Such a test could spare a subgroup of people who need the surgery a time-consuming and costly treatment for infection, while helping to ensure that people who need the procedure get it. The test is described in the March issue of the Journal of Bone and Joint Surgery.
Each year, hundreds of thousands of joint replacement surgeries are performed in this country. And each year, thousands of them must be revised (the prosthetic joint must be removed and replaced) due to severe pain and swelling. These symptoms are often due to infection, says Rocky S. Tuan, Ph.D., chief of NIAMS' Cartilage Biology and Orthopaedics Branch.
The standard treatment for suspected infection is to remove the joint prosthesis and replace it with a spacer that has been impregnated with antibiotics. After about six weeks, patients must undergo another surgery to remove the spacer. Only then can the surgeon implant the new prosthesis.
The problem with this approach is that confirming the presence of infection-causing bacteria is an inexact science. Currently, doctors check for infection by culturing a sample of the joint fluid. A positive culture confirms live bacteria, making spacer surgery a certainty. A negative culture, however, does not necessarily mean there is no infection. In fact, Tuan says that estimates of the false negative rate for joint cultures in revision surgeries range from 27 percent to 50 percent. But because failure to treat an infected joint could lead to severe infection and limb amputation, spacer surgery is sometimes performed for safety's sake even when infection test results are inconclusive.
To get around the false-negative problem, Tuan and his colleagues developed a way to test for joint infections using polymerase chain reaction (PCR), which detects the presence of bacterial DNA. However, this approach proved to have pitfalls, too. It picked up all bacteria — even dead or dying bacteria that cannot perpetuate infection — thereby giving false positives.
Tuan says this new problem led them to expand their PCR approach by testing for bacterial messenger ribonucleic acid (mRNA). "When bacteria are dying, their mRNA is one of the first things to go," he says. As a result, the researchers hypothesized that a good mRNA test would not only detect bacteria, but would likely tell them if any bacteria they detected were still viable. Unlike DNA, mRNA is not directly quantifiable by known techniques, so the mRNA test that Tuan's group developed employs a process called reverse transcription PCR (RT-PCR) to convert the mRNA into DNA for measurement.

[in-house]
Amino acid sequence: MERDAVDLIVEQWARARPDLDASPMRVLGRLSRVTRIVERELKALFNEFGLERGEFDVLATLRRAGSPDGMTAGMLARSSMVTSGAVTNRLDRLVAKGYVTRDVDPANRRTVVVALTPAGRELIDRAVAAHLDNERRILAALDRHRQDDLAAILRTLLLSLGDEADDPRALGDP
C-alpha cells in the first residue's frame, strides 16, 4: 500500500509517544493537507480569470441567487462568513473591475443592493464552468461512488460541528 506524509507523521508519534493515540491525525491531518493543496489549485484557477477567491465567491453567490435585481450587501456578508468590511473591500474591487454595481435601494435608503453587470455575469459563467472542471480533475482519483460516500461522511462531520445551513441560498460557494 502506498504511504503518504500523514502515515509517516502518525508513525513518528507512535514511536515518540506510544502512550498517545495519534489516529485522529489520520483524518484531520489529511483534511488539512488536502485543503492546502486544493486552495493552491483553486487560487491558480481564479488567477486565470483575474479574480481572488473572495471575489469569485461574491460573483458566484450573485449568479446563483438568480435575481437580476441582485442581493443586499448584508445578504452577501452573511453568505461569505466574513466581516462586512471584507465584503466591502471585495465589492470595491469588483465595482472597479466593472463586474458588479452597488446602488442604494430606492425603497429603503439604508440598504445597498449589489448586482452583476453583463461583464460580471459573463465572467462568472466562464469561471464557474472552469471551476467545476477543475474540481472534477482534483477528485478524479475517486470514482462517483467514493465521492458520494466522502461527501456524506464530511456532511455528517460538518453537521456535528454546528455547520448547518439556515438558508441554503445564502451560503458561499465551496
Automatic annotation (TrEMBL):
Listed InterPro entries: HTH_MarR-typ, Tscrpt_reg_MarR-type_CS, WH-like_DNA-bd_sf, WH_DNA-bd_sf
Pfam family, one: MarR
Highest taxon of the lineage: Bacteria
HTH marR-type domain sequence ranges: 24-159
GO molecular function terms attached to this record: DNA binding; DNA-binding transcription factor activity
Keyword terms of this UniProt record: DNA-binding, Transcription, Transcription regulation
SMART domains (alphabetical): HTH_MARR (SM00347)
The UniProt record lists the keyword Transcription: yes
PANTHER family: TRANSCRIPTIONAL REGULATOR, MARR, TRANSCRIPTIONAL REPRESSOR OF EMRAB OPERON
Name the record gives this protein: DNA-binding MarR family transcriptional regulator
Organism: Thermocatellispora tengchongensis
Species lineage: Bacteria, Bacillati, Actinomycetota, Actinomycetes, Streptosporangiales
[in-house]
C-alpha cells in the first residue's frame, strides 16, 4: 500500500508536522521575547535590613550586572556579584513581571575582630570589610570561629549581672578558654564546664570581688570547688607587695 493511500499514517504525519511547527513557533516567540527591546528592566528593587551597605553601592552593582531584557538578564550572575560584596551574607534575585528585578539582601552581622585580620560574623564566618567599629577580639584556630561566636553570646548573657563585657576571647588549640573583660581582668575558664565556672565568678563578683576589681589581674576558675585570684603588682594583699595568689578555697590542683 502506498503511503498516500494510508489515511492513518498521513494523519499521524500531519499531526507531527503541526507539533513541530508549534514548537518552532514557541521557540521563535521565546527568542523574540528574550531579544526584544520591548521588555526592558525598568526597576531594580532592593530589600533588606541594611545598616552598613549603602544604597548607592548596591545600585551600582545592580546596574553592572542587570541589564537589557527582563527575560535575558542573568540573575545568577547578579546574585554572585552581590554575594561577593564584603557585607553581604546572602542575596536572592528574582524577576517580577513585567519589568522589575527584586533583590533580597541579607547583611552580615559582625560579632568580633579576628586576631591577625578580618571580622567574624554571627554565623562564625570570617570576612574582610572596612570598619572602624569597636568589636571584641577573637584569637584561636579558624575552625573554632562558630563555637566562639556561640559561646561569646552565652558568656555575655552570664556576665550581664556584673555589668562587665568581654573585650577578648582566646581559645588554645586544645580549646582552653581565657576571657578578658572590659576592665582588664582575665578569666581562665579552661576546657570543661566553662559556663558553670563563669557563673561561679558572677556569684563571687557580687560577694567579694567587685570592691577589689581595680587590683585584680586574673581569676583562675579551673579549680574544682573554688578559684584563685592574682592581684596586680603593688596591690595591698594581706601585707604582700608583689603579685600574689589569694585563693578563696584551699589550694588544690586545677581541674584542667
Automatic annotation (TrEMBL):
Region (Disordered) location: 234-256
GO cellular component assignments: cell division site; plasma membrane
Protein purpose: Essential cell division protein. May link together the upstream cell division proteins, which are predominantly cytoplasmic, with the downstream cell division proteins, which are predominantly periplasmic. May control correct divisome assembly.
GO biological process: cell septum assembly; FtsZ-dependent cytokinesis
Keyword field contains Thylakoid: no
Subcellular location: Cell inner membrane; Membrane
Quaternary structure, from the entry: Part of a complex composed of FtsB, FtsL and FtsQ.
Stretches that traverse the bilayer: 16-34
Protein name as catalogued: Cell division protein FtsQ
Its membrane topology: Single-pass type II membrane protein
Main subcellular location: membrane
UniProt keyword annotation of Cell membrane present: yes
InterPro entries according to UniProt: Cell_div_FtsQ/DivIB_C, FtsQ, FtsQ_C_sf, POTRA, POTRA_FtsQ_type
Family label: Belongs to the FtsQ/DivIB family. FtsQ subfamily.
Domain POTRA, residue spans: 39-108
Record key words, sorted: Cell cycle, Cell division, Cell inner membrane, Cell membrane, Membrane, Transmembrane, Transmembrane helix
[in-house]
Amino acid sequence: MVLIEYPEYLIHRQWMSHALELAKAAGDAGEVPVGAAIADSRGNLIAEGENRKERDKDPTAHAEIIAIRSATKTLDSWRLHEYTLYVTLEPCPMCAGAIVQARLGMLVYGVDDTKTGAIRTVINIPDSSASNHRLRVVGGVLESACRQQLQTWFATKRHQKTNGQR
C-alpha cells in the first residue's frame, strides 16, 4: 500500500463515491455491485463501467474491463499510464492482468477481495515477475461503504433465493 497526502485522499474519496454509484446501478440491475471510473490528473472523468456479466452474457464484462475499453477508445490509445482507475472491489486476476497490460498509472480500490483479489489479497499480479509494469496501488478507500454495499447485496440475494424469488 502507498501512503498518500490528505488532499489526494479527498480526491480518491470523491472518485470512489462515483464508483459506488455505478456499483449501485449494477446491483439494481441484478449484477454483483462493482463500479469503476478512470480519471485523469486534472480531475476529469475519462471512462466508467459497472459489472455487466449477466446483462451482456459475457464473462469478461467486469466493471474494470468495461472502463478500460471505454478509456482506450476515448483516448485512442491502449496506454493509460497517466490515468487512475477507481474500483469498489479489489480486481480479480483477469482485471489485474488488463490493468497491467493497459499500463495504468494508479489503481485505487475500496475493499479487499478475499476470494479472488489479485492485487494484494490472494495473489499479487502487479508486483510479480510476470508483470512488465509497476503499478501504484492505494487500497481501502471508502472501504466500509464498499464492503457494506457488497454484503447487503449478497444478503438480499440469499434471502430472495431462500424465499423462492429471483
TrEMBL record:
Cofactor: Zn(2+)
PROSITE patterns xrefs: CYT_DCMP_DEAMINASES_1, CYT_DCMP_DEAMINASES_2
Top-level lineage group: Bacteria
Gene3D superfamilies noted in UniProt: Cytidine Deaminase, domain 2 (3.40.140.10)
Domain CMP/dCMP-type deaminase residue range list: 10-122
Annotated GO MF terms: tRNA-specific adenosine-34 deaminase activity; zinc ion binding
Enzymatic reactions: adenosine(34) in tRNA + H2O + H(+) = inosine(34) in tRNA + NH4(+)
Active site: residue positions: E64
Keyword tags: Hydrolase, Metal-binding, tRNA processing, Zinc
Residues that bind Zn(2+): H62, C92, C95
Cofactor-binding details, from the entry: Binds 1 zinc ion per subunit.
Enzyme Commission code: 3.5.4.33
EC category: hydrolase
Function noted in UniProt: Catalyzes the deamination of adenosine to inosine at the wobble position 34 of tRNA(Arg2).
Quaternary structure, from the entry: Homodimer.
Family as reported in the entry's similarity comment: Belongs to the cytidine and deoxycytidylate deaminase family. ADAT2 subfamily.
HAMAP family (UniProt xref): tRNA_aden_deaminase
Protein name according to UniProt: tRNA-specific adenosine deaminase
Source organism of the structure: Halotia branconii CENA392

Tuan's group tested the validity of their new method by introducing bacteria into infection-free joint fluid to simulate infection. To ensure that the bacteria were indeed present, they used the PCR test, which accurately showed the amount of bacterial DNA. The researchers then treated the joint fluid cultures with potent antibiotics designed to kill off the bacteria. As expected, the PCR-DNA test still showed that the fluid contained plenty of bacteria, but when the group analyzed the cultures with the RT-PCR test for mRNA, they found that the viable bacteria population was declining.
Now Tuan's team is recruiting 50 people who need joint revision for a clinical trial that will involve testing patients' joint fluid for bacteria and then following them for 6 months to a year after surgery. They hope that the results from this study will validate the protocol to identify or rule out infections before a person begins a surgical revision.
Tuan would like to be able to tell patients who need infection treatment, "There is a really bad infection and we know what to do."
"But we also want to tell the person without infection that it's O.K. to put in a revision joint. That saves the spacer, the additional surgery and its associated risk, and 6 weeks of being laid up," Tuan says.